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A beautiful and deeply researched investigation into French cuisine, from the founding editor of The Art of Eating and author of 50 Foods. In THE FOOD AND WINE OF FRANCE, the influential food writer Edward Behr investigates French cuisine and what it means, in encounters from Champagne to Provence. He tells the stories of French artisans and chefs who continue to work at the highest level. Many people in and out of France have noted for a long time the slow retreat of French cuisine, concerned that it is losing its important place in the country's culture and in the world culture of food. And yet, as Behr writes, good French food remains very, very delicious. No cuisine is better. The sensuousness is overt. French cooking is generous, both obvious and subtle, simple and complex, rustic and utterly refined. A lot of recent inventive food by comparison is wildly abstract and austere. In the tradition of great food writers, Edward Behr seeks out the best of French food and wine. He shows not only that it is as relevant as ever, but he also challenges us to see that it might become the world's next cutting edge cuisine. France remains the greatest country for bread, cheese, and wine, and its culinary techniques are the foundation of the training of nearly every serious Western cook and some beyond. Behr talks with chefs and goes to see top artisanal producers in order to understand what "the best" means for them, the nature of traditional methods, how to enjoy the foods, and what the optimal pairings are. As he searches for the very best in French food and wine, he introduces a host of important, memorable people. THE FOOD AND WINE OF FRANCE is a remarkable journey of discovery. It is also an investigation into why classical French food is so extraordinarily delicious--and why it will endure.

Accounting for Taste

Accounting for Taste

The Triumph of French Cuisine

  • Author: Priscilla Parkhurst Ferguson
  • Publisher: University of Chicago Press
  • ISBN: 9780226243276
  • Category: History
  • Page: 262
  • View: 4706
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French cuisine is such a staple in our understanding of fine food that we forget the accidents of history that led to its creation. Accounting for Taste brings these "accidents" to the surface, illuminating the magic of French cuisine and the mystery behind its historical development. Priscilla Parkhurst Ferguson explains how the food of France became French cuisine. This momentous culinary journey begins with Ancien Régime cookbooks and ends with twenty-first-century cooking programs. It takes us from Carême, the "inventor" of modern French cuisine in the early nineteenth century, to top chefs today, such as Daniel Boulud and Jacques Pépin. Not a history of French cuisine, Accounting for Taste focuses on the people, places, and institutions that have made this cuisine what it is today: a privileged vehicle for national identity, a model of cultural ascendancy, and a pivotal site where practice and performance intersect. With sources as various as the novels of Balzac and Proust, interviews with contemporary chefs such as David Bouley and Charlie Trotter, and the film Babette's Feast, Ferguson maps the cultural field that structures culinary affairs in France and then exports its crucial ingredients. What's more, well beyond food, the intricate connections between cuisine and country, between local practice and national identity, illuminate the concept of culture itself. To Brillat-Savarin's famous dictum—"Animals fill themselves, people eat, intelligent people alone know how to eat"—Priscilla Ferguson adds, and Accounting for Taste shows, how the truly intelligent also know why they eat the way they do. “Parkhurst Ferguson has her nose in the right place, and an infectious lust for her subject that makes this trawl through the history and cultural significance of French food—from French Revolution to Babette’s Feast via Balzac’s suppers and Proust’s madeleines—a satisfying meal of varied courses.”—Ian Kelly, Times (UK)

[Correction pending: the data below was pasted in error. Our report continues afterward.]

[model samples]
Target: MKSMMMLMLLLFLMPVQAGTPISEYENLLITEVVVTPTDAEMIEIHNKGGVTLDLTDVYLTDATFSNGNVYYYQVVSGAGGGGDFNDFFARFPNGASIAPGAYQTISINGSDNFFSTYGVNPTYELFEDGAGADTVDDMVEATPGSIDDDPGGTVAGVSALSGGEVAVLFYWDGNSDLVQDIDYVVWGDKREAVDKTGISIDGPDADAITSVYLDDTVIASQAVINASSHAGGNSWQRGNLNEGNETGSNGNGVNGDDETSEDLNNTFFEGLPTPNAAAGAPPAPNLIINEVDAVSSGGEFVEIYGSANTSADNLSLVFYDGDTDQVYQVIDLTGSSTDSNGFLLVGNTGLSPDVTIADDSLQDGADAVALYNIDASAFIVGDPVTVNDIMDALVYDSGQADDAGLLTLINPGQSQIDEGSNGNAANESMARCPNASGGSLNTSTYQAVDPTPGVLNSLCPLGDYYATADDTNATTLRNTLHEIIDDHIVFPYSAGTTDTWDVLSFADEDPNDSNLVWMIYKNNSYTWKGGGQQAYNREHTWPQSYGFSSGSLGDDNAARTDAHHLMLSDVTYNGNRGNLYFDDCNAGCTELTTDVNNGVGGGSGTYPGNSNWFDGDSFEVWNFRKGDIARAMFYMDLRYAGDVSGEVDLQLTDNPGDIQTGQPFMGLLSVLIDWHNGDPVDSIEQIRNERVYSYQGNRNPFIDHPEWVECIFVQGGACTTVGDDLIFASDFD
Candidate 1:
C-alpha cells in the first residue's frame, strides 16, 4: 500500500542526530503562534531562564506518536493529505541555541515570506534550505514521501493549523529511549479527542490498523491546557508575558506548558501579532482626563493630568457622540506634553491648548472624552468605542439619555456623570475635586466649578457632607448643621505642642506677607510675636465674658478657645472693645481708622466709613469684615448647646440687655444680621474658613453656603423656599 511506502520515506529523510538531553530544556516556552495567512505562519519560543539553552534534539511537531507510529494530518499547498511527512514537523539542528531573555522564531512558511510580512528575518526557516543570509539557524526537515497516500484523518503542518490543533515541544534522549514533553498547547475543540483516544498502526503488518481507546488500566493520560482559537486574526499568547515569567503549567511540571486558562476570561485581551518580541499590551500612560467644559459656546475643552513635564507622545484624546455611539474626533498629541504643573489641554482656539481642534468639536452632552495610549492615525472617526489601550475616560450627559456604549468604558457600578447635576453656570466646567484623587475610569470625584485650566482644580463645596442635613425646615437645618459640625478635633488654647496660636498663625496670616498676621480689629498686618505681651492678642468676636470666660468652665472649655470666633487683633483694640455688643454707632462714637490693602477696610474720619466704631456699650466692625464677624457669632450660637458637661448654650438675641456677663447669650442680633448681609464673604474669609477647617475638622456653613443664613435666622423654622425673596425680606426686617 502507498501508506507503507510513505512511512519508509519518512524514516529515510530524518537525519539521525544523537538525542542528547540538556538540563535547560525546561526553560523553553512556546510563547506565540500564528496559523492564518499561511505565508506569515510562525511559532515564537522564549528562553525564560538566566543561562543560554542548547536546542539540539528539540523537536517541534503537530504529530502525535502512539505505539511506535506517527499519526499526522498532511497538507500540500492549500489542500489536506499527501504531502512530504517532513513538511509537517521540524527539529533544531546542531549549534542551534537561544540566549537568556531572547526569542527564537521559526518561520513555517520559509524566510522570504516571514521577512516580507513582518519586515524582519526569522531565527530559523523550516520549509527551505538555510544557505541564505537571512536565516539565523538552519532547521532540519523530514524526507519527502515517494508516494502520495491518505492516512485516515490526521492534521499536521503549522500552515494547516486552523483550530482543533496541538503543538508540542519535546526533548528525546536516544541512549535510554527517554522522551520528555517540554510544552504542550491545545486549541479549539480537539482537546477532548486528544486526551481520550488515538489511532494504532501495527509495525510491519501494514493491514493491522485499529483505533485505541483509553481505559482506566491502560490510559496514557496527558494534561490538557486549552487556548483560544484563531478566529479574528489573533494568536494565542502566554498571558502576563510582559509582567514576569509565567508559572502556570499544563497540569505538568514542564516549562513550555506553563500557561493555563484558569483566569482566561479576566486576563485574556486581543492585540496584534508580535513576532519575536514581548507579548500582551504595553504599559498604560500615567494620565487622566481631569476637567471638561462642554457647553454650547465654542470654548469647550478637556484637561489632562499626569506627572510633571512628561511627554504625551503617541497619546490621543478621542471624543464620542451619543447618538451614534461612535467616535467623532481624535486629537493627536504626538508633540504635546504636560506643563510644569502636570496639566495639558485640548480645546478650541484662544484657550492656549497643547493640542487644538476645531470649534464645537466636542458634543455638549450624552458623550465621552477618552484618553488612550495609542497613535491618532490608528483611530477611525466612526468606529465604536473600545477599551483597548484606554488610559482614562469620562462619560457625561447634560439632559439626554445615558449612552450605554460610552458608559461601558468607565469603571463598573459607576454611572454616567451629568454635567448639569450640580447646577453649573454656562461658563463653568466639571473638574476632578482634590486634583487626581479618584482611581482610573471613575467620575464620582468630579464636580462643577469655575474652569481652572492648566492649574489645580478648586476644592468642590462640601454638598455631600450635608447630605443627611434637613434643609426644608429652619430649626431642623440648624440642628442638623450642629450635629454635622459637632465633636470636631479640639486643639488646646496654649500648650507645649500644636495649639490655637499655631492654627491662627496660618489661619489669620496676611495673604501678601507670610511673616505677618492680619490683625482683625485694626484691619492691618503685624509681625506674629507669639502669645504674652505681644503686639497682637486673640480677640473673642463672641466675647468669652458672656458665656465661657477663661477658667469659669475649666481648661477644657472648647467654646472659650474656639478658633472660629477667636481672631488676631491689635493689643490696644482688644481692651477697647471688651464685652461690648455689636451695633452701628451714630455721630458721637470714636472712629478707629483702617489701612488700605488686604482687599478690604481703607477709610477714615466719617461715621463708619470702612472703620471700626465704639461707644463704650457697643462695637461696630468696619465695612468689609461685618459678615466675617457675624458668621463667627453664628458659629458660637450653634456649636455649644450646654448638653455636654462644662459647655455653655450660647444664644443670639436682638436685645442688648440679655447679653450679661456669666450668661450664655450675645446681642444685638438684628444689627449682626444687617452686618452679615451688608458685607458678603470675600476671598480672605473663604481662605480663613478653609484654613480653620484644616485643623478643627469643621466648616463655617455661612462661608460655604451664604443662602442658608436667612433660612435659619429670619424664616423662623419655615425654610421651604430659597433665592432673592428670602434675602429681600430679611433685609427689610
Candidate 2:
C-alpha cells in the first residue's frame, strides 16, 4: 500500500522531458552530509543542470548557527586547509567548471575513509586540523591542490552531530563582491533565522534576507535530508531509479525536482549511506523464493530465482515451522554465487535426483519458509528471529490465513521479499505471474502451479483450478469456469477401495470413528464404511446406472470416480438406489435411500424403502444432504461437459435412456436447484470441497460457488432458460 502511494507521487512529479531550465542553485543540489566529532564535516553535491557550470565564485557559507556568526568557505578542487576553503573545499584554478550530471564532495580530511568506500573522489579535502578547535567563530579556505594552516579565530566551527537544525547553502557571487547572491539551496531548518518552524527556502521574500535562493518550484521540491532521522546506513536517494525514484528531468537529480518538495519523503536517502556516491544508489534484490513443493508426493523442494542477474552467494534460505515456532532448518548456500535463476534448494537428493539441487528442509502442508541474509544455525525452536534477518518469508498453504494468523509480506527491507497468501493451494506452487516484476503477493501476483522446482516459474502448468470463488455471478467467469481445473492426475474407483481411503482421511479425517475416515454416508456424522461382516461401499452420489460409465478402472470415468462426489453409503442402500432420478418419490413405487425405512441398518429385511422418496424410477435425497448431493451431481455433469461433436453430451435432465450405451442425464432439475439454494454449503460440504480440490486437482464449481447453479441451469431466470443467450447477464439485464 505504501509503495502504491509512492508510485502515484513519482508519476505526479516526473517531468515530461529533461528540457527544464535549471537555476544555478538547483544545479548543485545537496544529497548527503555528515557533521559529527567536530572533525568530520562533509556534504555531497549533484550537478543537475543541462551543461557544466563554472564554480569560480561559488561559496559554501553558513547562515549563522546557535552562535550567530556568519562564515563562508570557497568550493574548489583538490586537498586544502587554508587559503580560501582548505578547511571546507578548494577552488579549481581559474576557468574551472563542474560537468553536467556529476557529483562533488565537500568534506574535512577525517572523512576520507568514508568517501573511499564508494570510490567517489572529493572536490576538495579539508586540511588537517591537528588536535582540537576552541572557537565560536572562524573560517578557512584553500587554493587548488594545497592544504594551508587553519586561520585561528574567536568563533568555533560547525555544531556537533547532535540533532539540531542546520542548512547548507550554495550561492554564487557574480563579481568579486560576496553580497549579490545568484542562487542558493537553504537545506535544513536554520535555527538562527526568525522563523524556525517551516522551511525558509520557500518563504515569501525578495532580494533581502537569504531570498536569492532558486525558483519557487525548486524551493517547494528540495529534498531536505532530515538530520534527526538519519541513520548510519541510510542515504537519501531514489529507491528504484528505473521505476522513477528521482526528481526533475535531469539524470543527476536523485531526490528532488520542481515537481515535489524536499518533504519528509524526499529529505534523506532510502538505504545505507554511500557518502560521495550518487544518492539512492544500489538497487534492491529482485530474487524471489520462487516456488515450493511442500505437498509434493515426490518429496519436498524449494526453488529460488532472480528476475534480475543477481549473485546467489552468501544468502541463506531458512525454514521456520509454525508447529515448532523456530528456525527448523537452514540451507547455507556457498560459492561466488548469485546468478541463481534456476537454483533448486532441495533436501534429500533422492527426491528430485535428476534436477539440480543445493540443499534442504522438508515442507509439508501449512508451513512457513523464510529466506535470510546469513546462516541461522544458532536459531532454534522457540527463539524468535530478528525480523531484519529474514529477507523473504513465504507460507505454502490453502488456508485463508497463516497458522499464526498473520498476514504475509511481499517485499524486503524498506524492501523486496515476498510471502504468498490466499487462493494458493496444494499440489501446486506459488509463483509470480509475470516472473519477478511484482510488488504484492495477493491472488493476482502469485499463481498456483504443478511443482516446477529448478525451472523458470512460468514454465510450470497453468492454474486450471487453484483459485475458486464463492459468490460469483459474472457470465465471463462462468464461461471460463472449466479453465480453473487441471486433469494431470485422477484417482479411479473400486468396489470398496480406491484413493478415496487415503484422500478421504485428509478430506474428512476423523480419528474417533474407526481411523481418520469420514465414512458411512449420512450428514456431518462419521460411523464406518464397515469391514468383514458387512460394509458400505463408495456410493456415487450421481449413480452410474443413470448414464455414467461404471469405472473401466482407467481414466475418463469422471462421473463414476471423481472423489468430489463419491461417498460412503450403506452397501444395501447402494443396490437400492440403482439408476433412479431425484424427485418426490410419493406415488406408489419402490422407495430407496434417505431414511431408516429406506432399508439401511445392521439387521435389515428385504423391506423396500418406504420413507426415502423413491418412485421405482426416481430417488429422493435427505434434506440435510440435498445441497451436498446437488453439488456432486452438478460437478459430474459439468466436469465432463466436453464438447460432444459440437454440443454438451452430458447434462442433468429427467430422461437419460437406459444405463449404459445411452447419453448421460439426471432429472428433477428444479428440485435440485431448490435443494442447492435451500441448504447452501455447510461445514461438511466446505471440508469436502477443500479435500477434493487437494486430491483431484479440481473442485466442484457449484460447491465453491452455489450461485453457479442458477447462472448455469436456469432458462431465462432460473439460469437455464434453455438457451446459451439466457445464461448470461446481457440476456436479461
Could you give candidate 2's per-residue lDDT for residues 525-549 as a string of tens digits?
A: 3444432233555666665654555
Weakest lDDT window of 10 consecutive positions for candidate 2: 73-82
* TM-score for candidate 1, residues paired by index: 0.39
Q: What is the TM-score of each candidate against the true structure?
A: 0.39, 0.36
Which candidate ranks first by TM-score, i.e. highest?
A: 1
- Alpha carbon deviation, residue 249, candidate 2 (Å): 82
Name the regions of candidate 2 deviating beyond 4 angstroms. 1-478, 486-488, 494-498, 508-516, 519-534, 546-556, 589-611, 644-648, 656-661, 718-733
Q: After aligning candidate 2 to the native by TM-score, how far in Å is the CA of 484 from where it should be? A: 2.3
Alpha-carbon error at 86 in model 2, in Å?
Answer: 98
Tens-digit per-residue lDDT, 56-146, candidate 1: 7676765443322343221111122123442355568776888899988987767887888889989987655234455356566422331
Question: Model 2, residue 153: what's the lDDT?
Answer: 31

Detour de France

Detour de France

An Englishman in Search of a Continental Education

  • Author: Michael Simkins
  • Publisher: Random House
  • ISBN: 1407027468
  • Category: Travel
  • Page: 320
  • View: 2959
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Though happy enough with his lot, Michael Simkins has never truly shaken the nagging doubt - helpfully upheld by his partner Julia - that he somehow lacks worldly sophistication. While she spent her teenage years as a nanny on a boat moored at Cannes, his utter lack of travel experience (Weymouth, Cleethorpes and a day trip to Dieppe) still has the power to shock people into leaving dinner parties early. So as he hits middle-age, Michael takes up the challenge of broadening his horizons. He decides to improve himself in the same way English gentlemen lacking refined edges have for centuries: by learning from our more cultured French neighbours. Michael, an English provincial ingénue, sets off to discover just what the Gallic nation can teach him and the rest of us Anglo-Saxons about living the good life. Armed only with 50 Useful Phrases in French, he waits to see if his odyssey from La Manche to the Riviera will finally turn him from the scotch-egg eating spawn of Anne Widdecombe and John McCririck into the champagne-sipping love child of Serge Gainsbourg and Catherine Deneuve. Julia is saying a prayer for him at Lourdes.